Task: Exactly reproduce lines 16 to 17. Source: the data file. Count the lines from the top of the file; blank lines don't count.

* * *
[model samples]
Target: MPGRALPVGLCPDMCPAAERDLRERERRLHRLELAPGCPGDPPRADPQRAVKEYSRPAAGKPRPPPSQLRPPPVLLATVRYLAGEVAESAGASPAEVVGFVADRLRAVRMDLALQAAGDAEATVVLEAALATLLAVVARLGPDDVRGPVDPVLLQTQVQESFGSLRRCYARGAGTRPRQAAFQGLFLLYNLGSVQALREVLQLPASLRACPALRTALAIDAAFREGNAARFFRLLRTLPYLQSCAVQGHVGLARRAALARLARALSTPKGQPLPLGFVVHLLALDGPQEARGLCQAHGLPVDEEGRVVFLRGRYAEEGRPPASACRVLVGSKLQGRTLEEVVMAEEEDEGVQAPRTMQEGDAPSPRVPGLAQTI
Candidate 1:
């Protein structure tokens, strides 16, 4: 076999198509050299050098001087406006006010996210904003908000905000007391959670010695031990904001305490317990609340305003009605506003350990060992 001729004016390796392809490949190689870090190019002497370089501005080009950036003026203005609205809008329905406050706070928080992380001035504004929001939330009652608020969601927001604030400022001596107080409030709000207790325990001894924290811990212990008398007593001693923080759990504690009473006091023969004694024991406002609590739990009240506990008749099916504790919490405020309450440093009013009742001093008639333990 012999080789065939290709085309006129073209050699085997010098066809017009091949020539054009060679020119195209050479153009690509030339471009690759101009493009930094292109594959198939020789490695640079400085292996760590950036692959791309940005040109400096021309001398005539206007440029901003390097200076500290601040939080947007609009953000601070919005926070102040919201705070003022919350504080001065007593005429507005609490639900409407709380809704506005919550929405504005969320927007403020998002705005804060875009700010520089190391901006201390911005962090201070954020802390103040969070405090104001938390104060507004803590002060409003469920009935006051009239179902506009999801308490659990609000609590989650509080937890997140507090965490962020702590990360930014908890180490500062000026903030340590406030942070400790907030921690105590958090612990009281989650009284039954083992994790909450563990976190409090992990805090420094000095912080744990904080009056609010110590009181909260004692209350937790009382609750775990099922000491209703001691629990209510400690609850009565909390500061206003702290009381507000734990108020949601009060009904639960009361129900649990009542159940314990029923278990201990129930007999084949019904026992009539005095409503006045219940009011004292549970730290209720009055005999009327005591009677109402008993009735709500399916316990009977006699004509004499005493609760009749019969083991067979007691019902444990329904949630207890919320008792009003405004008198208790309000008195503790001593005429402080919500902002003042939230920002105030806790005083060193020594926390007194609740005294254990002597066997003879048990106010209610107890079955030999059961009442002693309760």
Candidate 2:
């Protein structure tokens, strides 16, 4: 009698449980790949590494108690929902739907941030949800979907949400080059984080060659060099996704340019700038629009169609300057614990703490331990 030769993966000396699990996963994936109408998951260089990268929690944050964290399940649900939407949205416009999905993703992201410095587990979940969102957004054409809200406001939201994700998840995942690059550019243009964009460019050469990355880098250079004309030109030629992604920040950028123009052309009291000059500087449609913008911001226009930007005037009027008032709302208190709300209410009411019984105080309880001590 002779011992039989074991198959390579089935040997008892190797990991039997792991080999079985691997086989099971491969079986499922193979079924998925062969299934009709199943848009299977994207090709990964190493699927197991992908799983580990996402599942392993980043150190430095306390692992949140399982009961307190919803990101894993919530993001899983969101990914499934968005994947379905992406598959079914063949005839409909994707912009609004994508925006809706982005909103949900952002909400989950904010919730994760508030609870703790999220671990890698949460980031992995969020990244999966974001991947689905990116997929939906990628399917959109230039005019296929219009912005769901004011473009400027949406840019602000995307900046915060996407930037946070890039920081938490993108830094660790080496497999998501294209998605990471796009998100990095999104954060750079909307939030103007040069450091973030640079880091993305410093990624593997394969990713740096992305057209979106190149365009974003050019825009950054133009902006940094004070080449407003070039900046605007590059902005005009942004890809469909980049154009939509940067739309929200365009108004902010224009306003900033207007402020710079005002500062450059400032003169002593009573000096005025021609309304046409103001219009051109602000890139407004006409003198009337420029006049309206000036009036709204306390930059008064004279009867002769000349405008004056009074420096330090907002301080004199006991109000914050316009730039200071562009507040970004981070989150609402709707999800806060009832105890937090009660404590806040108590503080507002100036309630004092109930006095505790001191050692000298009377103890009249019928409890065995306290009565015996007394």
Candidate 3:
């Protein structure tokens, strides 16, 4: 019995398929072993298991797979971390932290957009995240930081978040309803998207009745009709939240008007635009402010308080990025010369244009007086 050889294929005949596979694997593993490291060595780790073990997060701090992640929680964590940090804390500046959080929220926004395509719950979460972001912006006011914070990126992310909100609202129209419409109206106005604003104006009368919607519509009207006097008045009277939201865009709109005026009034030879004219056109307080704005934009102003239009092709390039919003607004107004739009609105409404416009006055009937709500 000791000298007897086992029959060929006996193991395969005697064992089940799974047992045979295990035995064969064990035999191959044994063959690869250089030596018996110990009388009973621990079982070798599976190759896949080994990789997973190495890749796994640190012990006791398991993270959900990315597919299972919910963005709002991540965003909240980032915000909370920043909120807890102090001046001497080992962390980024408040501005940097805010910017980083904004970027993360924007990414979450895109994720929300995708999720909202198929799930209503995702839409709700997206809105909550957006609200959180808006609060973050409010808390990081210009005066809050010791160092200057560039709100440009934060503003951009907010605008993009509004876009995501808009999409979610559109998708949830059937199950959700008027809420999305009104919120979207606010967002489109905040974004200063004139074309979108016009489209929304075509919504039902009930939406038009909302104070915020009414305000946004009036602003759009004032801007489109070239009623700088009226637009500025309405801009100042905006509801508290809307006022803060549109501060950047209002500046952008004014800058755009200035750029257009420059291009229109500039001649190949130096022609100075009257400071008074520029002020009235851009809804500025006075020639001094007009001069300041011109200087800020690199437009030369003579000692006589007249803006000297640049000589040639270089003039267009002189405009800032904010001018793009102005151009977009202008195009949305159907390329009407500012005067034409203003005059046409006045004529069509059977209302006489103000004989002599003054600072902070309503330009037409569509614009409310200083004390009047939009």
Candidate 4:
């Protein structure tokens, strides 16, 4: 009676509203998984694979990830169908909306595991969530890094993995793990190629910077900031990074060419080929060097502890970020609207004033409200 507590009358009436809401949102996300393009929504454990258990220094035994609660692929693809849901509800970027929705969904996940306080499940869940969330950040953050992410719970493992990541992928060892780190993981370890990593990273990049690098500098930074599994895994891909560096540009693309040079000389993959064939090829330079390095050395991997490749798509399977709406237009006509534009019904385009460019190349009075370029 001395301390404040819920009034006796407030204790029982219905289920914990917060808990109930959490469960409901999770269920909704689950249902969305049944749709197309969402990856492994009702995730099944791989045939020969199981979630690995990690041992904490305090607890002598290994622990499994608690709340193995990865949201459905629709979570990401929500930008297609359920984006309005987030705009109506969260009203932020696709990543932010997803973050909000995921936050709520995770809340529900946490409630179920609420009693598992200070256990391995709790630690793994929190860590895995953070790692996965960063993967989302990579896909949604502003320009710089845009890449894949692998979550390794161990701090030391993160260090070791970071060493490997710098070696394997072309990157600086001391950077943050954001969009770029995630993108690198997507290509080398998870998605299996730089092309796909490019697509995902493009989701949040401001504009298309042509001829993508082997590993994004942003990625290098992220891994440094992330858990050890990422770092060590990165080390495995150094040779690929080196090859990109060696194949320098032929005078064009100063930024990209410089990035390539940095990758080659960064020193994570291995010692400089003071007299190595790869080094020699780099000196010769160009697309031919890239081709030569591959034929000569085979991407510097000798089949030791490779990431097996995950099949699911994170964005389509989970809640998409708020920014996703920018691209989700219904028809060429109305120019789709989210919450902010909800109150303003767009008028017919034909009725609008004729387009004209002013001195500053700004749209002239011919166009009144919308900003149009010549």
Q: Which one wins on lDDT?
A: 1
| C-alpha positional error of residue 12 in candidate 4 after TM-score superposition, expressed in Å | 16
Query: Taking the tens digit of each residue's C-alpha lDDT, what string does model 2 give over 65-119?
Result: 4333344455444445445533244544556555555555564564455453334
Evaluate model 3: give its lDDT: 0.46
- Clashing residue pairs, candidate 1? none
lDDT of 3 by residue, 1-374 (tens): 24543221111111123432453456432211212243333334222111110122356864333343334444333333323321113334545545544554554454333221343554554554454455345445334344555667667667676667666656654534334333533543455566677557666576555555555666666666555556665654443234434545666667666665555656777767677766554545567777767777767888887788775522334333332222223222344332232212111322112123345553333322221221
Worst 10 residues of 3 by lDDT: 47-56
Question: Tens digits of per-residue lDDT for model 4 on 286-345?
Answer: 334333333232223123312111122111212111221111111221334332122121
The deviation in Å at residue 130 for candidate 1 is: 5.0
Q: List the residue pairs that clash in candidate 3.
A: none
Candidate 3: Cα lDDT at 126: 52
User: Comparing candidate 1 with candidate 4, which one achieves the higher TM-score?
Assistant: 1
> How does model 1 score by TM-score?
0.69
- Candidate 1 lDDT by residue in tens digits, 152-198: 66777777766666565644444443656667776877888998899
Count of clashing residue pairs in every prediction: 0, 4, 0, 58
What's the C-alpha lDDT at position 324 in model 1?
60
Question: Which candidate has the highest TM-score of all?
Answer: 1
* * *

Evaluate model 3: give its lDDT: 0.46
- Clashing residue pairs, candidate 1? none